9 October 2001: The U.N. Security Council lifted five-year-old sanctions against Sudan on 22 September 2001, after the United States gave a green light. Sudan is on the U.S. list of nations sponsoring terrorism, but the Bush administration has said the government in Khartoum has been cooperating following the terrorist attacks on the World Trade Center and the Pentagon. The Security Council imposed diplomatic sanctions on Sudan in 1996. The measures were intended to compel the Khartoum government to hand over the gunmen who opened fire on Egyptian President Hosni Mubarak's car on June 26, 1995, while he was visiting Addis Ababa, Ethiopia. The suspects were believed to have fled to Sudan.
The White House said that US sanctions on Sudan would remain in place despite the United Nations Security Council's decision to lift its five-year-old sanctions on Khartoum. Still, the United States continues to maintain its bilateral sanctions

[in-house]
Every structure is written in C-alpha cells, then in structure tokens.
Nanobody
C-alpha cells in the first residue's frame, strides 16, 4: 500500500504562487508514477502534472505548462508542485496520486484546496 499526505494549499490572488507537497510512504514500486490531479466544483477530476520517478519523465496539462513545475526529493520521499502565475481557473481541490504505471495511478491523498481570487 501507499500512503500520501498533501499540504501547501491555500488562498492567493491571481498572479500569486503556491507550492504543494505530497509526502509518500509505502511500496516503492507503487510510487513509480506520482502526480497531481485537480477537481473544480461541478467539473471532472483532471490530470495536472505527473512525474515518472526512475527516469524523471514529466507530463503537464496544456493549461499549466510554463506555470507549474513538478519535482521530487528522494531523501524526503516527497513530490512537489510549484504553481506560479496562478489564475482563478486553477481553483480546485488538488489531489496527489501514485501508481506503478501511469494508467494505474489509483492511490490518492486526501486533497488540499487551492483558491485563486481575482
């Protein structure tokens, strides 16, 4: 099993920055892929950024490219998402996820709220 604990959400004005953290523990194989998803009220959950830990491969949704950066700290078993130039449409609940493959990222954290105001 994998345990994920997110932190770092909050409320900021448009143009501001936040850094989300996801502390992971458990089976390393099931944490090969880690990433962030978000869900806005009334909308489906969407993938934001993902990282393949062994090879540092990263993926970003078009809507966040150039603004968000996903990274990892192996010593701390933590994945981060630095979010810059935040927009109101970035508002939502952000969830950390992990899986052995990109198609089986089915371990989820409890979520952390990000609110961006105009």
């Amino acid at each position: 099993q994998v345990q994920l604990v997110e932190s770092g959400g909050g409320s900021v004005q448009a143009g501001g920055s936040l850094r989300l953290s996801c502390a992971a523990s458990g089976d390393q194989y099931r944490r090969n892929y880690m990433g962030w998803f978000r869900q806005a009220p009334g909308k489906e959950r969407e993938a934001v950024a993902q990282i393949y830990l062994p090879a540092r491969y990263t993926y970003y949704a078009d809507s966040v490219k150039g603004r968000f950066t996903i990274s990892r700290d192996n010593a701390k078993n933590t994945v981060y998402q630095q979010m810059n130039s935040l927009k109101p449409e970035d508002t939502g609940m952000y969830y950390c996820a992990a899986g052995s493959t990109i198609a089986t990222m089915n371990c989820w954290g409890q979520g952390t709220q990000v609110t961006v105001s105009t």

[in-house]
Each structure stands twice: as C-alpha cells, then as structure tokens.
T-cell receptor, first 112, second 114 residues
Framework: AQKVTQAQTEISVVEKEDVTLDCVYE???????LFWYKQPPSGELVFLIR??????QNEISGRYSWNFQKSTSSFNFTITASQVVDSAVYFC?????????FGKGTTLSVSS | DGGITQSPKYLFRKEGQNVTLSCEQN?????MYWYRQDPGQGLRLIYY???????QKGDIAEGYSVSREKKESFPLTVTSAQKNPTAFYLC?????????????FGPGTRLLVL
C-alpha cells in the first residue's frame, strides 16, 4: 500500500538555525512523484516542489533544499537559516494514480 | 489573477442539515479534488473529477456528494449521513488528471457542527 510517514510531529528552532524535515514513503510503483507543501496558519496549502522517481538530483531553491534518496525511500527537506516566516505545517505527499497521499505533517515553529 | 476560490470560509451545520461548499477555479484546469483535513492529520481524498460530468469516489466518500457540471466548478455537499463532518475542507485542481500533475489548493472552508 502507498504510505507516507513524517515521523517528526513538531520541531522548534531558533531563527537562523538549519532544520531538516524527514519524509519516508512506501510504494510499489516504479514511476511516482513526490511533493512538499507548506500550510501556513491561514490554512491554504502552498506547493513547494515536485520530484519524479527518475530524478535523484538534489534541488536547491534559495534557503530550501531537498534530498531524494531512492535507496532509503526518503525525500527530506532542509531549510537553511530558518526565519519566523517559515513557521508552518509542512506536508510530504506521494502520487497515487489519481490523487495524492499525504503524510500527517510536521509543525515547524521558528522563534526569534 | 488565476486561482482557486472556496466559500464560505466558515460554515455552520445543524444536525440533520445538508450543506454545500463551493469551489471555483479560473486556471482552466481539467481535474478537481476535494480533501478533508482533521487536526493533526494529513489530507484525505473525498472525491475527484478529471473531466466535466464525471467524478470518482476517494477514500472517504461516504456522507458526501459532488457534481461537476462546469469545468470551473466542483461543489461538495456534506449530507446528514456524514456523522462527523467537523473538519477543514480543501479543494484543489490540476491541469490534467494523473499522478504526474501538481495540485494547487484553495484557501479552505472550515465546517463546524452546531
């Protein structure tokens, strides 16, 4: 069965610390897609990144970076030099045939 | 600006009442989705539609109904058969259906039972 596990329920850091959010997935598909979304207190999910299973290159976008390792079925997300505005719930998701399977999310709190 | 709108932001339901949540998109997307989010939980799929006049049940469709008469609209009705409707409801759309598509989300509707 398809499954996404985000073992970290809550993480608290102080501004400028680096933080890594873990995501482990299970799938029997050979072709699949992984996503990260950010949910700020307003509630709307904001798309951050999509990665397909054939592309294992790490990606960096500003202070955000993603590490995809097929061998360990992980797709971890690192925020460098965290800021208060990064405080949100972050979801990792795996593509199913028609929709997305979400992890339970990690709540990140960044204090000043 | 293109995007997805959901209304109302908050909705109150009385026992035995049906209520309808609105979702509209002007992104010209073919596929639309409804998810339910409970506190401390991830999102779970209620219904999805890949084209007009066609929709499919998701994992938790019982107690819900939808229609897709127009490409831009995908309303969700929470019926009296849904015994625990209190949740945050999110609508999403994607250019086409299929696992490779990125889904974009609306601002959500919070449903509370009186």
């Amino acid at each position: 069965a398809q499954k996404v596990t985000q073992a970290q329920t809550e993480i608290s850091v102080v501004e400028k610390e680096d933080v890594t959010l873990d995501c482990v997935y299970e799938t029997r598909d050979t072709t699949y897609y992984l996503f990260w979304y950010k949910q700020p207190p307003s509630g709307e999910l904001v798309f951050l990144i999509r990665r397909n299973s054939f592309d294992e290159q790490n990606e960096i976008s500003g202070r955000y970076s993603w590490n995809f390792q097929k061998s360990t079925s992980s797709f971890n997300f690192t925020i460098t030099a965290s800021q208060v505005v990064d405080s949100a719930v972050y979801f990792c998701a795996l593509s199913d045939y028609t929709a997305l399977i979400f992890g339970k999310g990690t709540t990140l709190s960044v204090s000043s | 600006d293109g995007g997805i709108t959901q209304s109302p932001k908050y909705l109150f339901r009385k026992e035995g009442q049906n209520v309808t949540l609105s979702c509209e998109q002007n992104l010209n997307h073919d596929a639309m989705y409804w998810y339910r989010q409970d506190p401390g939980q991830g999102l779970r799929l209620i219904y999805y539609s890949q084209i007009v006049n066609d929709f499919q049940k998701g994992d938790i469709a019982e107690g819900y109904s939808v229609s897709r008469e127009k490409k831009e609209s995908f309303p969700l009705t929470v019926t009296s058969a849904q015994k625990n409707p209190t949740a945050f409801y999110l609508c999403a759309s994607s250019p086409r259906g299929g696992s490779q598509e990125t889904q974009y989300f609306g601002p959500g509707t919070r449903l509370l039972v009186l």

against Sudan," said spokesman Ari Fleischer. Citing Washington's worries about Sudan's human rights record, Fleischer said "those concerns remain" and noted US President George W. Bush had named a special envoy to address the situation. In a brief resolution, sponsored by the eight non-aligned country members of the security council and adopted in a 14-0 vote, it also rescinded a ban on air travel which was ordered on August 16, 1996, but never enforced. The United States, which in 1993 placed Sudan on a list of state sponsors of international terrorism, abstained on the vote, but acknowledged that Sudan had made "substantial steps" towards combating the international scourge.
Rashid Diab the painter has plans -- big plans -- to discover and promote the latent artistic talent he believes exists in his home, Sudan. Born 44 years ago in Wad Medani, 93 miles southeast of Khartoum, Diab knew from an early age that he would be an artist.